Prop 8 overturned: A guide to the landmark gay marriage decision
A federal appeals court ruled Tuesday that California's ban on gay marriage is unconstitutional. The U.S. Ninth Circuit Court of Appeals ruled that Proposition 8, the 2008 ballot measure that limited marriage in California to one man and one woman, violated the equal protection rights of gays and lesbians. Now, a forthcoming appeal could pave the way for the U.S. Supreme Court to rule on gay marriage as early as next year. Here's what you should know about the "landmark" decision:
Remind me: What exactly is Proposition 8?
In 2008, a California state court ruled that an existing ban on gay marriage was unconstitutional, allowing same-sex couples to legally marry. Almost immediately, groups that opposed gay marriage began circulating petitions that would eventually put Proposition 8 on that fall's election day ballot. Prop. 8, a proposed amendment to the California Constitution decreeing that marriage was an institution reserved for one man and one woman, was supported that November by 52 percent of California voters. In the brief window between the court ruling and Prop 8's ballot success, 18,000 same-sex couples legally married in California.
Why is the issue in court again?
Judge Vaughn R. Walker, a federal judge in San Francisco, struck down Prop. 8 in 2010, declaring the amendment unconstitutional because it violated the equal protection rights of gay couples. Opponents of same-sex marriage appealed the decision, says Howard Mintz at the San Jose Mercury News, on the grounds that "there is a state interest in preserving the traditional definition of marriage, particularly the importance of procreation in heterosexual marriage." Tuesday's ruling was the result of that appeal.
What exactly did the appeals court rule?
A three-judge panel ruled 2-1 to uphold Walker's decision. "Proposition 8 served no purpose, and had no effect, other than to lessen the status and human dignity of gays and lesbians in California," the court said. The Constitution "requires that there be at least a legitimate reason for the passage of a law that treats different classes of people differently. There was no such reason that Proposition 8 could have been enacted."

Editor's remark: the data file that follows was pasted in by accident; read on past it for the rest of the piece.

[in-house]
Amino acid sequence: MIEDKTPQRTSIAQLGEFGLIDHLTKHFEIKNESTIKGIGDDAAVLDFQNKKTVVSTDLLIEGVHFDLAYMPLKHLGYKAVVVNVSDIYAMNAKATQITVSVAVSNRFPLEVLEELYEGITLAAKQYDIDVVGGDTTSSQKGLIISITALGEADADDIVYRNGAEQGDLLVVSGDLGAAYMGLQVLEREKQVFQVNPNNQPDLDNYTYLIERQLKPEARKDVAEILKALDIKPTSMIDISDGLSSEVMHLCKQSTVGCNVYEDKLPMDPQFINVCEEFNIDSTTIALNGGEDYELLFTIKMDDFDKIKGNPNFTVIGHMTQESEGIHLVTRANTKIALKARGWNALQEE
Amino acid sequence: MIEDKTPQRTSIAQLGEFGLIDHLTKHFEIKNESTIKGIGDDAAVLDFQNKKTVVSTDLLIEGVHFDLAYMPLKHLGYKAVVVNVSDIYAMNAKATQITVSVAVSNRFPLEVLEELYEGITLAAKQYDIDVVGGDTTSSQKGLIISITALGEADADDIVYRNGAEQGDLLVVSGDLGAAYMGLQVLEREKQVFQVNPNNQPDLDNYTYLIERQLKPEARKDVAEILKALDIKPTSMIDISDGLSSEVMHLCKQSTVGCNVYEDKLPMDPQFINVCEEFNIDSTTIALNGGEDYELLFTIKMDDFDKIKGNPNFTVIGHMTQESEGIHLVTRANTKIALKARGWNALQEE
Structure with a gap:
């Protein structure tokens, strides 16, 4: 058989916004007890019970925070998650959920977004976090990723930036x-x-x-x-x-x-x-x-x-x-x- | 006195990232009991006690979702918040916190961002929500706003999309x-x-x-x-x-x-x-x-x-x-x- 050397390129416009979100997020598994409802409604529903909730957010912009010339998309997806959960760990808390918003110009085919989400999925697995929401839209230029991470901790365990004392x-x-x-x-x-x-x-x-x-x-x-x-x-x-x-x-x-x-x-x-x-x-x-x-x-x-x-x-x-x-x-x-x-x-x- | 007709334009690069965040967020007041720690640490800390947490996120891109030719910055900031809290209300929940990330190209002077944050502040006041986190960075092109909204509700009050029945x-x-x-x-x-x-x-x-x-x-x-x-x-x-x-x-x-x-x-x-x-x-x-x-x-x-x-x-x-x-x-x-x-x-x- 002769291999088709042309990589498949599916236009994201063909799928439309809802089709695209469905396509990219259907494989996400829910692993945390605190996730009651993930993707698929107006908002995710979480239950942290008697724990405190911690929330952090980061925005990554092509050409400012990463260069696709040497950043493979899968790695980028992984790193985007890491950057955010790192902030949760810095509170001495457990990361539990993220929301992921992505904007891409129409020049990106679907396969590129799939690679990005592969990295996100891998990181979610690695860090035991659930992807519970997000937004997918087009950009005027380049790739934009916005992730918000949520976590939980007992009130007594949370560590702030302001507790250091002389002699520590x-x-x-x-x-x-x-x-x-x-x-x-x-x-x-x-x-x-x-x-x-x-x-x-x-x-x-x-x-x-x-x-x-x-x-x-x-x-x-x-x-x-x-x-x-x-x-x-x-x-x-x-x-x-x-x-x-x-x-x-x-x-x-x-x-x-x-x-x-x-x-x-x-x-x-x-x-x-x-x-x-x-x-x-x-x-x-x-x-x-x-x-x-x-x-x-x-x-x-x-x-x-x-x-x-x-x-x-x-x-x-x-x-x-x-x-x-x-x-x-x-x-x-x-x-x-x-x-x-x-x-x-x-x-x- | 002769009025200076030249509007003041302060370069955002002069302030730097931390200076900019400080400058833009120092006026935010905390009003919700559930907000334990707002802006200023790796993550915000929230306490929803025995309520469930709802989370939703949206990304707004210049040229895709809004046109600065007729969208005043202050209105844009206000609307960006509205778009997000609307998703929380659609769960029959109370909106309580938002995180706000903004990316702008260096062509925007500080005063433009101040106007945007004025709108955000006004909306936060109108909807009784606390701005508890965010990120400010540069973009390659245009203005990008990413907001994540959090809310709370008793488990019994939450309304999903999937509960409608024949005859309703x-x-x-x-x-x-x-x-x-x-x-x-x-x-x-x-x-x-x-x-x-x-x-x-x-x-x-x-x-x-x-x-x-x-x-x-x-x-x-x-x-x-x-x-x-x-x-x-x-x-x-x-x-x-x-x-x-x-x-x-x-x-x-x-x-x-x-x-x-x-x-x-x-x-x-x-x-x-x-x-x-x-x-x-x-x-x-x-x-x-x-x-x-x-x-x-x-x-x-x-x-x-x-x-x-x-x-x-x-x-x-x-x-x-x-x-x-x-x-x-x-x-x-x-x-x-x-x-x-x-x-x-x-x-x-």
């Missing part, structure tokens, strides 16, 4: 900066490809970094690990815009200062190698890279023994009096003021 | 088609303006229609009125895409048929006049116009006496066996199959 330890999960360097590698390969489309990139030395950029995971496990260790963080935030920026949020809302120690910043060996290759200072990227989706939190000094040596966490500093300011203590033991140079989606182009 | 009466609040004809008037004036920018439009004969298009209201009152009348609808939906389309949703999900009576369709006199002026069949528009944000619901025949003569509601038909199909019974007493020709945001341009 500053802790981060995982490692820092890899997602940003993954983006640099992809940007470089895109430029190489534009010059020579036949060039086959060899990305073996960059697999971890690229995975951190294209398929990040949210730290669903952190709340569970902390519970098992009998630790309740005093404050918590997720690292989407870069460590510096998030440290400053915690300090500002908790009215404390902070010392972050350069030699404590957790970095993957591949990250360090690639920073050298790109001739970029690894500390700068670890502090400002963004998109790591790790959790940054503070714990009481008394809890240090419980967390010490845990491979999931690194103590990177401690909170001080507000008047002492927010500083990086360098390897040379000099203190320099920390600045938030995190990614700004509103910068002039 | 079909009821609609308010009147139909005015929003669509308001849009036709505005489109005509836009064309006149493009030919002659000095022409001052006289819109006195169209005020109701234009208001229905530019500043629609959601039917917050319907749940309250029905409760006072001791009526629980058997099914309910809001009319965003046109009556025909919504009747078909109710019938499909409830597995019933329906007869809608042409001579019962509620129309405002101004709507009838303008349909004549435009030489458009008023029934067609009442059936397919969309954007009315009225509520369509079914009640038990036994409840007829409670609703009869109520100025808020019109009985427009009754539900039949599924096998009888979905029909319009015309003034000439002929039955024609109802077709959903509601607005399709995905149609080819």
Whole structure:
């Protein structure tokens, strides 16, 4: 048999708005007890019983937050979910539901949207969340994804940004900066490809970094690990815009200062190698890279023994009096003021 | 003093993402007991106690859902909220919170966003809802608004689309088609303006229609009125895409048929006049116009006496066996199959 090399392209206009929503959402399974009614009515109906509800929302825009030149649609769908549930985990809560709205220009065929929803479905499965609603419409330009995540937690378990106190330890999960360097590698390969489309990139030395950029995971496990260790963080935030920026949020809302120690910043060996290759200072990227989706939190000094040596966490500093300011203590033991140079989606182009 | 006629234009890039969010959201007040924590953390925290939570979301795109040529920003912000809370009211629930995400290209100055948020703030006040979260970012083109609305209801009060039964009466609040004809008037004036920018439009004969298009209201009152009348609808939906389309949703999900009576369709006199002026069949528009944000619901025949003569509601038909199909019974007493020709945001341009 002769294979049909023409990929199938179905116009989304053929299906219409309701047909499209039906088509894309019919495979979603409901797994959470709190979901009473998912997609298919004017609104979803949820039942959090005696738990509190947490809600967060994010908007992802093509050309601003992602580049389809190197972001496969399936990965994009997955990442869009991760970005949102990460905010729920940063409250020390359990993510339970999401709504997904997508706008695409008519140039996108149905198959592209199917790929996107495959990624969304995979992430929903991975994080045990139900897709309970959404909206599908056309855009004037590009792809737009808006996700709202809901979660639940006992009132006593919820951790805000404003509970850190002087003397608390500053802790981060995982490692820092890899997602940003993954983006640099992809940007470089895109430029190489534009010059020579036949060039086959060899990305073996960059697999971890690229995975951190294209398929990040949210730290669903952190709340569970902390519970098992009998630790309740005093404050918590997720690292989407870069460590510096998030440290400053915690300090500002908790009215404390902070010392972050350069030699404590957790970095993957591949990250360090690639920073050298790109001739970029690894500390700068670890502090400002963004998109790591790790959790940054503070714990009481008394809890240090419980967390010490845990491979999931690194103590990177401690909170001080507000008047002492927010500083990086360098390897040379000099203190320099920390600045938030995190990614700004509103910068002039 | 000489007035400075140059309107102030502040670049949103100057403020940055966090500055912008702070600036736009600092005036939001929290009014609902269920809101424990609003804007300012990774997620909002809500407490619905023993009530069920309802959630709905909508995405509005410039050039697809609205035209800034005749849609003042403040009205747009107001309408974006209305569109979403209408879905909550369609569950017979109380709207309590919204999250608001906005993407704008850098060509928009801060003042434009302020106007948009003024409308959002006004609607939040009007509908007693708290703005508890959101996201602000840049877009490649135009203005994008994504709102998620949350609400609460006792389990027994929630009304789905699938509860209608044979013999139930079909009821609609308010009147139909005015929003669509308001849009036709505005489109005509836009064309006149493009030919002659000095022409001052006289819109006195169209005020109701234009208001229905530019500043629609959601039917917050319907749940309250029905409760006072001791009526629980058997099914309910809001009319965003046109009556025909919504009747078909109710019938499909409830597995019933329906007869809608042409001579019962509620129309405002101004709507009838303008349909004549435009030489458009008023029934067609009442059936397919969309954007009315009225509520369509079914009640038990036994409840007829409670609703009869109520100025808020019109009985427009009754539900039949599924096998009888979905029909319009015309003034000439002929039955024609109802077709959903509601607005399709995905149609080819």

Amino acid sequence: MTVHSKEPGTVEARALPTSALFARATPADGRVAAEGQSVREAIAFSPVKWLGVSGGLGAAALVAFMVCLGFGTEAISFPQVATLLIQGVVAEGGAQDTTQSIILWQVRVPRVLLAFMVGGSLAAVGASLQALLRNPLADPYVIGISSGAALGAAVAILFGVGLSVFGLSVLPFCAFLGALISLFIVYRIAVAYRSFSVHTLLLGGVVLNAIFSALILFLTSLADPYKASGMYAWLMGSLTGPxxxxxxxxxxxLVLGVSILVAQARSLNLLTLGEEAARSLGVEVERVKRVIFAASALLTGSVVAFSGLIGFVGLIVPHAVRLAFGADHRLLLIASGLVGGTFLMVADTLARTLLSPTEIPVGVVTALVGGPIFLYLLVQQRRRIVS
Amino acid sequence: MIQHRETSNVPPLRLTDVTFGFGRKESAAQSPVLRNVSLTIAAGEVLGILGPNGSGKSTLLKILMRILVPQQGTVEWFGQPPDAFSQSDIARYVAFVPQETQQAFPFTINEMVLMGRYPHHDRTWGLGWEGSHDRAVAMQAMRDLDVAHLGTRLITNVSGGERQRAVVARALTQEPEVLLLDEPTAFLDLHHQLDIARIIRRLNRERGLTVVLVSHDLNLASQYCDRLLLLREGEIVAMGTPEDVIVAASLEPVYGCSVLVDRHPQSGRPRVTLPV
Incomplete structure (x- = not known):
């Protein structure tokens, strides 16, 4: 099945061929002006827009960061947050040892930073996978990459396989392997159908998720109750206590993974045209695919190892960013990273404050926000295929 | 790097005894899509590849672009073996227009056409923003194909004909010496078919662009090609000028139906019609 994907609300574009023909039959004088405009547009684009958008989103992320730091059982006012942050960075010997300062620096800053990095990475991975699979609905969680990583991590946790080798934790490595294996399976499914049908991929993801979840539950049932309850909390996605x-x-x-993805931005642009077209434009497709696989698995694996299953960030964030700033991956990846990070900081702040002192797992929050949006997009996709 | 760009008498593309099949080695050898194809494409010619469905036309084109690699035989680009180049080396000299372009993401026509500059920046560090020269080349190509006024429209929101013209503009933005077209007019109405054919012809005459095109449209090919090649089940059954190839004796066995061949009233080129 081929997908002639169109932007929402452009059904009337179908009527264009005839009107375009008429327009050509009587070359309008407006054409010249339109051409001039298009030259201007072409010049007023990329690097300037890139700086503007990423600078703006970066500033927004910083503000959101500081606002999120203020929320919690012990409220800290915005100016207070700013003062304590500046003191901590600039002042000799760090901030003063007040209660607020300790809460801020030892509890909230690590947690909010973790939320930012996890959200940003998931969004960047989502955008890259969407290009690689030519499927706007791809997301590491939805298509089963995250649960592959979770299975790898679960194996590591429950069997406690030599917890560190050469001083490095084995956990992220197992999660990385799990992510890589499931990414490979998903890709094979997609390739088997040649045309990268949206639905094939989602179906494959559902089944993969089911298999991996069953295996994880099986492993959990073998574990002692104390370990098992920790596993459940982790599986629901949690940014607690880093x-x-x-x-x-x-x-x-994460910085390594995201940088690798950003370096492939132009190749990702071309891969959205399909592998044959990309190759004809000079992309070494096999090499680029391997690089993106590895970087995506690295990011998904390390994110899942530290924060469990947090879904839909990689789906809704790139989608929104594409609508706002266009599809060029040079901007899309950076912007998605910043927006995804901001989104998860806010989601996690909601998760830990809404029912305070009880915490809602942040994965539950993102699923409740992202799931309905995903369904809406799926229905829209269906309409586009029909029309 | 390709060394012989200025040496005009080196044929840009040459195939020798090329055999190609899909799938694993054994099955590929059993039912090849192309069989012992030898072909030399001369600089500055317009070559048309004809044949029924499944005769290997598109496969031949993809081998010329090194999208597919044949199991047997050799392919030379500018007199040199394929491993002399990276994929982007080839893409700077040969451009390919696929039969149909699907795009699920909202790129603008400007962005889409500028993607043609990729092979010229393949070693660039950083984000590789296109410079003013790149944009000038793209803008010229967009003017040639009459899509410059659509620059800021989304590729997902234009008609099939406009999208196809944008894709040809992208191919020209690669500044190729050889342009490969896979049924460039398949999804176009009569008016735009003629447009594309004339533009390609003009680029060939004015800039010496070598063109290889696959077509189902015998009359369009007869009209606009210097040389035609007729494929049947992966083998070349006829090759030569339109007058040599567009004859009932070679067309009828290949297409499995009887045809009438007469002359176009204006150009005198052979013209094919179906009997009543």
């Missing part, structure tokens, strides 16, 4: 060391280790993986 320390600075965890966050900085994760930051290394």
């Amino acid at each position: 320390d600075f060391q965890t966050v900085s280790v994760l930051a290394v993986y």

Will this affect other states?
Not necessarily. Tuesday's decision is not intended to be applied broadly, the court said, and was crafted to apply only to California. The peculiar circumstances of what happened in California — "a right to same-sex marriage withdrawn by a vote of the public" — is what ultimately led to the ruling, says Jeffrey Toobin at CNN, and should have no effect on other states currently weighing the issue.
Can same-sex couples get married in California now?
Not yet. The appeals court said that gay marriages cannot resume until Prop. 8's supporters have the opportunity to appeal to a larger panel of the Ninth Circuit. If and when the appeal is filed, which it inevitably will be, says Peter Henderson and Dan Levine at Reuters, gay marriage will be kept on hold "pending future proceedings." Gay marriage opponents have another option, too, says Adam Nagourney at The New York Times. They can try to take the issue directly to the U.S. Supreme Court. However, says Toobin, the Supreme Court might opt out of weighing in. And even if the nation's highest court does hear the case, it likely won't be until after the election.
How would the Supreme Court rule?
It's anyone's guess. Some gay activists are apprehensive about the case going all the way to the Supreme Court, says Nagourney. They're "fearful that conservative justices could... codify a ban against same-sex marriage." In the end, the Roberts Court will probably be divided, says Maura Dolan at the Los Angeles Times, "and many legal scholars believe Justice Anthony Kennedy will be the deciding vote." Kennedy is a Republican-appointed justice, says Henderson and Levine, but he has written several important pro-gay rights decisions — though he "has not explicitly endorsed gay marriage."